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A customer in a Beijing gold shop tries on a gold ring. (DAVID GRAY/REUTERS)
A customer in a Beijing gold shop tries on a gold ring. (DAVID GRAY/REUTERS)

Demand for gold falls 11 per cent as Chinese pull back Add to ...

Global gold demand fell 11 per cent in the third quarter compared to a year ago, pulled lower by dampened consumer appetite for the metal in China, according to a World Gold Council report published on Thursday.

In a quarterly review of gold market trends, the council said China’s newfound appetite for gold took a vacation amid a highly publicized slowing of the economy that affected consumer sentiment.

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“A notable slowdown in the expansion of the jewellery retail network magnified the impact on demand, as stock-building reduced accordingly,” the council said.

China’s jewellery sector was down 5 per cent in the quarter, while bar and coin investment demand fell 12 per cent year-on-year.

The pullback came as a bit of a surprise because China has otherwise been a major buyer of gold for jewellery. It is still seen ending the year as the world’s largest consumer for the first time ever, overtaking India.

Falling demand in China was mitigated by other factors.

After slumping demand earlier in the year, India surprised to the upside in the quarter, coming in as the world’s strongest performing market, the council said.

“Indians appear to have acclimatized to recent price trends and have been buying into a rising market,” the council said.

Jewellery and investment demand in India was up 7 per cent and 12 per cent respectively, the report said, as consumers bought into rising prices for gold on the local market.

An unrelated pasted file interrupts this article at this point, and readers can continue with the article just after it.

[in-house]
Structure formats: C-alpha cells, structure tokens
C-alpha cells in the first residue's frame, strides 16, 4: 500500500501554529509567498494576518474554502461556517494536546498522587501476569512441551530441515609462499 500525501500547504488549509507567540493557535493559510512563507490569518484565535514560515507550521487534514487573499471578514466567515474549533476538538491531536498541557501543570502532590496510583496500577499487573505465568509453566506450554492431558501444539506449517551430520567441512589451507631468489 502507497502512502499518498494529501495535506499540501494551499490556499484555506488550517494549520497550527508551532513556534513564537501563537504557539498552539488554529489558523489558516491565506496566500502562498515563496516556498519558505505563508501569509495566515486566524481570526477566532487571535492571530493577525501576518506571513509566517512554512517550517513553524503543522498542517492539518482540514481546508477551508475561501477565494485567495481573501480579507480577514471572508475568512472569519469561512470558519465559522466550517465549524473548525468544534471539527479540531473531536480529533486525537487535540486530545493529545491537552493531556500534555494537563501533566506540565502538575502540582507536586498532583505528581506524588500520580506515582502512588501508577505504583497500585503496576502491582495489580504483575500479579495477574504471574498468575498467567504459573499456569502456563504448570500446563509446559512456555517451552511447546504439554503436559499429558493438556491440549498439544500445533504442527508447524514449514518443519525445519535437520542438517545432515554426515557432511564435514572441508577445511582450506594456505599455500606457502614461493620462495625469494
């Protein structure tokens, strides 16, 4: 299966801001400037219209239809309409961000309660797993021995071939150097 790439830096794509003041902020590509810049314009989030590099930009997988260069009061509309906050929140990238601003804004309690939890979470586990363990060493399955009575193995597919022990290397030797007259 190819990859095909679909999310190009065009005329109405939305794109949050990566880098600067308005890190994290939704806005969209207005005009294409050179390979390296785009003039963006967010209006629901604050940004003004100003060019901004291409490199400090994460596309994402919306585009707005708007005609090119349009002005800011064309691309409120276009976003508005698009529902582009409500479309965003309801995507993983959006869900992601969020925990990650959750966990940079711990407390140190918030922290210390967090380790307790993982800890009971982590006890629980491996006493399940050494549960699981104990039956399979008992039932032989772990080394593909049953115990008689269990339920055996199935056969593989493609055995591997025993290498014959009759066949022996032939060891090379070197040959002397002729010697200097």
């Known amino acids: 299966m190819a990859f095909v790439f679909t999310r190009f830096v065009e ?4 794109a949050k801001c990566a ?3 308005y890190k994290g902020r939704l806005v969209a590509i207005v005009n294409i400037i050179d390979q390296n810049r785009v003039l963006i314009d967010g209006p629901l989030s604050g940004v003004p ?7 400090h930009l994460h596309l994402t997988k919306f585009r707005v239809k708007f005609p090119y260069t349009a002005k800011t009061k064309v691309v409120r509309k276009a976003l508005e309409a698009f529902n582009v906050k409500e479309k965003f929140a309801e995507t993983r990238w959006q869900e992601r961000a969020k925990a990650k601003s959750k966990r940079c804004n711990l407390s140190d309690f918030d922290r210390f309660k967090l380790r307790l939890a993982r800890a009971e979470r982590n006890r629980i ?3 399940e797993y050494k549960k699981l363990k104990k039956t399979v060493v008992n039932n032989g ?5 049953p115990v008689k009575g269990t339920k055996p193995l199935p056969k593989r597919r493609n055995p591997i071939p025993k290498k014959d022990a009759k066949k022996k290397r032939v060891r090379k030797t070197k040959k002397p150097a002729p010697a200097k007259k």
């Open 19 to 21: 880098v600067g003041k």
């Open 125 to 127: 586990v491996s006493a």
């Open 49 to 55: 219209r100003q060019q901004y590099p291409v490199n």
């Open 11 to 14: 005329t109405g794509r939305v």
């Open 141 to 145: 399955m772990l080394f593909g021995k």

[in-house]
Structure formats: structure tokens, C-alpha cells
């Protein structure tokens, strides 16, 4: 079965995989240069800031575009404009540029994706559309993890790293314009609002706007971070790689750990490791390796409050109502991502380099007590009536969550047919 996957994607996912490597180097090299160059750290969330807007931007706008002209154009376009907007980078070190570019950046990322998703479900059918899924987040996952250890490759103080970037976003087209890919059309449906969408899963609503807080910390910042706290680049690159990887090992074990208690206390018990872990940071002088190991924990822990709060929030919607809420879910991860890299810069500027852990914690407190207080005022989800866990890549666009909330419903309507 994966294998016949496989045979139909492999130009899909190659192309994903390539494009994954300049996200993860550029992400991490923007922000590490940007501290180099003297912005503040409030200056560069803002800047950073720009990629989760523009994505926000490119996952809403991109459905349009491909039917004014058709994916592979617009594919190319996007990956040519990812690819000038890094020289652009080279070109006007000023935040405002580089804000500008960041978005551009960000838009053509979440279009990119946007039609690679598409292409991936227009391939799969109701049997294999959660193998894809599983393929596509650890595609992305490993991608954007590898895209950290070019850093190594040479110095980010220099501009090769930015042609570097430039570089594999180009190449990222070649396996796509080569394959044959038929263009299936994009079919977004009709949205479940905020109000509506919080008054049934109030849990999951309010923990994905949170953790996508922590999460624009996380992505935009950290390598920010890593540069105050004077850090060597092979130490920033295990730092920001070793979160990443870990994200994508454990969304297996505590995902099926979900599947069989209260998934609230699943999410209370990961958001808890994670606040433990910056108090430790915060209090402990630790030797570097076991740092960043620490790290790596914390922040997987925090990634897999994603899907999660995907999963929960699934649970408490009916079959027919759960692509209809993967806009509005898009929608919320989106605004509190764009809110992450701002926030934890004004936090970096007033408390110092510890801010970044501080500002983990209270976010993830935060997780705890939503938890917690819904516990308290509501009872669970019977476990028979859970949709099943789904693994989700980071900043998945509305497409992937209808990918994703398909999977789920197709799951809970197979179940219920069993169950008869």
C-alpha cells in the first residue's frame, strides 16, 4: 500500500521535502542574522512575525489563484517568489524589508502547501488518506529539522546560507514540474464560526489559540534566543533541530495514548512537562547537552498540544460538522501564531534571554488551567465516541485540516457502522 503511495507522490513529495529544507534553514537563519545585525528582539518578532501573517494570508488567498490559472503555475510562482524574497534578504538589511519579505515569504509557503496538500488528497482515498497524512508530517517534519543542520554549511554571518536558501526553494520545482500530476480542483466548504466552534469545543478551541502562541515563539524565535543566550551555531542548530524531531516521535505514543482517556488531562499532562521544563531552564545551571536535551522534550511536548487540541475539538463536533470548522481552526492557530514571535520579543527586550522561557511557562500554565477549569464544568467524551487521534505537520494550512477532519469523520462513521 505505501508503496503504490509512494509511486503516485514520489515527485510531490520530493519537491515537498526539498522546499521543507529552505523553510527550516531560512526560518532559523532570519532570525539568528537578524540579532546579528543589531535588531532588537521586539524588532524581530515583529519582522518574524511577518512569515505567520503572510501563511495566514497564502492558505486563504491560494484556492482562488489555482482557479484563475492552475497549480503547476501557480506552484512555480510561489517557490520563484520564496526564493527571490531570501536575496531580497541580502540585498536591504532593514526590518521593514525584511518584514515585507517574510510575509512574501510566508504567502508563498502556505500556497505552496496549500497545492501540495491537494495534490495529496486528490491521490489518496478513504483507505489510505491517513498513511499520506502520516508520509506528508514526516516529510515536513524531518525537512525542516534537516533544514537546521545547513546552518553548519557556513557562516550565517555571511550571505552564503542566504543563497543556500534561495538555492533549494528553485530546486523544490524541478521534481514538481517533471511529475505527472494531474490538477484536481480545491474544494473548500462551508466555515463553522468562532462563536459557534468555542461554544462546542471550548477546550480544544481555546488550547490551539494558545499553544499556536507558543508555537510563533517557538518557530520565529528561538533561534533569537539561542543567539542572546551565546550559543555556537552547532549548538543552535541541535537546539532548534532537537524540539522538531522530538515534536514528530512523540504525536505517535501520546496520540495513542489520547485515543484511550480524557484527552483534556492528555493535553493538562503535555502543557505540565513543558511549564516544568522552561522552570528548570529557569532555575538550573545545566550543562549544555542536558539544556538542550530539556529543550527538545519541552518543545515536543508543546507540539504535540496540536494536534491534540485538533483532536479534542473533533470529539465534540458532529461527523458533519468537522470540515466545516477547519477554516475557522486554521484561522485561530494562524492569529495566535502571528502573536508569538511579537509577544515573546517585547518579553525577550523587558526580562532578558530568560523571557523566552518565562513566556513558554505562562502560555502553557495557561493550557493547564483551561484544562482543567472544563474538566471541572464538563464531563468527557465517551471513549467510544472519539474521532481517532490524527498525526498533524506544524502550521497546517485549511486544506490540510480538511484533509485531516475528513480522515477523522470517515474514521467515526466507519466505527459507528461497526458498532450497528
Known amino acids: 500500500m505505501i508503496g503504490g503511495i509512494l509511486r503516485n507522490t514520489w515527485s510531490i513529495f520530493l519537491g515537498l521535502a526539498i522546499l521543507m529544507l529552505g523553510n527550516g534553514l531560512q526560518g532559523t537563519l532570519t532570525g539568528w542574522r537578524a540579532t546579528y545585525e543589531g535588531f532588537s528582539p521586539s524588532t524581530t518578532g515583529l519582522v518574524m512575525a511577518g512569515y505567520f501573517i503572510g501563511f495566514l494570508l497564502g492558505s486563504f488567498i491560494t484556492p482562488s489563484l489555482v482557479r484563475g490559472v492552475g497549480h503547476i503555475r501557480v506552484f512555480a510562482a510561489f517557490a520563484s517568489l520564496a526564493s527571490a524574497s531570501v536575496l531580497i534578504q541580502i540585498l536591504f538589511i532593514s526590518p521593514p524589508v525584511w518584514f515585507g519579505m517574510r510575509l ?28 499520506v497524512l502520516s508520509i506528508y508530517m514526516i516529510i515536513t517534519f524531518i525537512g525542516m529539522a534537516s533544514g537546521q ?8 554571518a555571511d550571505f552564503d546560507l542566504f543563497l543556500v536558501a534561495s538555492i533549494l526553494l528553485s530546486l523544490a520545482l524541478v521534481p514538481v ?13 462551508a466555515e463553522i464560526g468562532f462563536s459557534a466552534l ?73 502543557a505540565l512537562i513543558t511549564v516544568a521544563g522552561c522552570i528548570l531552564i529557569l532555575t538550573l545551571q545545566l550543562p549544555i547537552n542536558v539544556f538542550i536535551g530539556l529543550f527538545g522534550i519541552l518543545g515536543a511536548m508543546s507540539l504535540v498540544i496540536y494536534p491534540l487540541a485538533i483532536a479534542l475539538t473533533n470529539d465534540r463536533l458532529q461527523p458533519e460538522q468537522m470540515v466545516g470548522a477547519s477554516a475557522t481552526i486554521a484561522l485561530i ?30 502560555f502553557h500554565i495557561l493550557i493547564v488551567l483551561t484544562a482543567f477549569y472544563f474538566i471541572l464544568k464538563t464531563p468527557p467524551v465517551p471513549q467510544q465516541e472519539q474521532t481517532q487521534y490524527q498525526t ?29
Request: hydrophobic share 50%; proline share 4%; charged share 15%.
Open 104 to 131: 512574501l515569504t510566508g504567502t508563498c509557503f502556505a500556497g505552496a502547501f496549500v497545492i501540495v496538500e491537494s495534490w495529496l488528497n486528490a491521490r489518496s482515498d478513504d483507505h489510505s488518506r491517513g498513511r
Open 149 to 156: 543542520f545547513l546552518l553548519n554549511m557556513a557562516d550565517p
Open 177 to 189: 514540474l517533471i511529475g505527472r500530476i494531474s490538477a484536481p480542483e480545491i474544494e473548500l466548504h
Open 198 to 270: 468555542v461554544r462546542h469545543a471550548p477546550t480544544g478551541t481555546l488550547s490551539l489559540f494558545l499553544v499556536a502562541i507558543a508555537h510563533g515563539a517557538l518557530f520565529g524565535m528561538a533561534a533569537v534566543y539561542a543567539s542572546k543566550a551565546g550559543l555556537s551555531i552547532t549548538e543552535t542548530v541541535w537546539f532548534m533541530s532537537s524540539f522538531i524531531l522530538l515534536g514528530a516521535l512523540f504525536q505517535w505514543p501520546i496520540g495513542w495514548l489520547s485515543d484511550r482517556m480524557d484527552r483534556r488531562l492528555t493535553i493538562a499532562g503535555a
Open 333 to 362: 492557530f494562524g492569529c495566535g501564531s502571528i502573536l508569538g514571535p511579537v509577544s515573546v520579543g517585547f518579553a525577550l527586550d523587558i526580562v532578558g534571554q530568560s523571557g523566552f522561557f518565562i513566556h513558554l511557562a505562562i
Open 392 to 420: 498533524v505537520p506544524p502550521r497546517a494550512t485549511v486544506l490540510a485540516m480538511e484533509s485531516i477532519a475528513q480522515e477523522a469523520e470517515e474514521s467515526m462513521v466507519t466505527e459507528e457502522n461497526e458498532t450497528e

In another turn around, Marcus Grubb, managing director for investment at the council, pointed at an overall 56 per cent-rise in physical demand for exchange traded funds (ETFs) in the quarter, evidence that investors are taking a new view of the sector as a refuge from economic turbulence.

“I think there is momentum building there, and I think more probably in the U.S. than elsewhere, because the interesting fact about this year was that until midyear you’d seen the U.S. ETFs lag behind European ETFs and ETFs in India, where you’d seen big increases in gold investment,” he said in an interview. “But since then, you’ve seen the ETFs pick up, especially in the United States.”

Spot gold is trading at around $1,727 (U.S) per ounce this week, well above where it started the year at $1,566. That is still well below highs of $1,790 reached in September after the U.S. Federal Reserve Board anounced a new round of quantitative easing in the form of a multibillion-dollar bond-buying program. At the same time it pledged to keep benchmark interest rates near zero until at least mid-2015, also supportive of gold prices.

Mr. Grubb would not say where he expects gold prices to go in coming months, but suggested continued economic uncertainty in the global economy, underscored by issues in the United States and Europe, would be supportive as investors look more to gold to preserve capital.

“I think looking into 2013, we would expect the gold price to continue to strengthen ... I think it means medium term, we still remain very positive about the outlook for the gold market,” he said.

 
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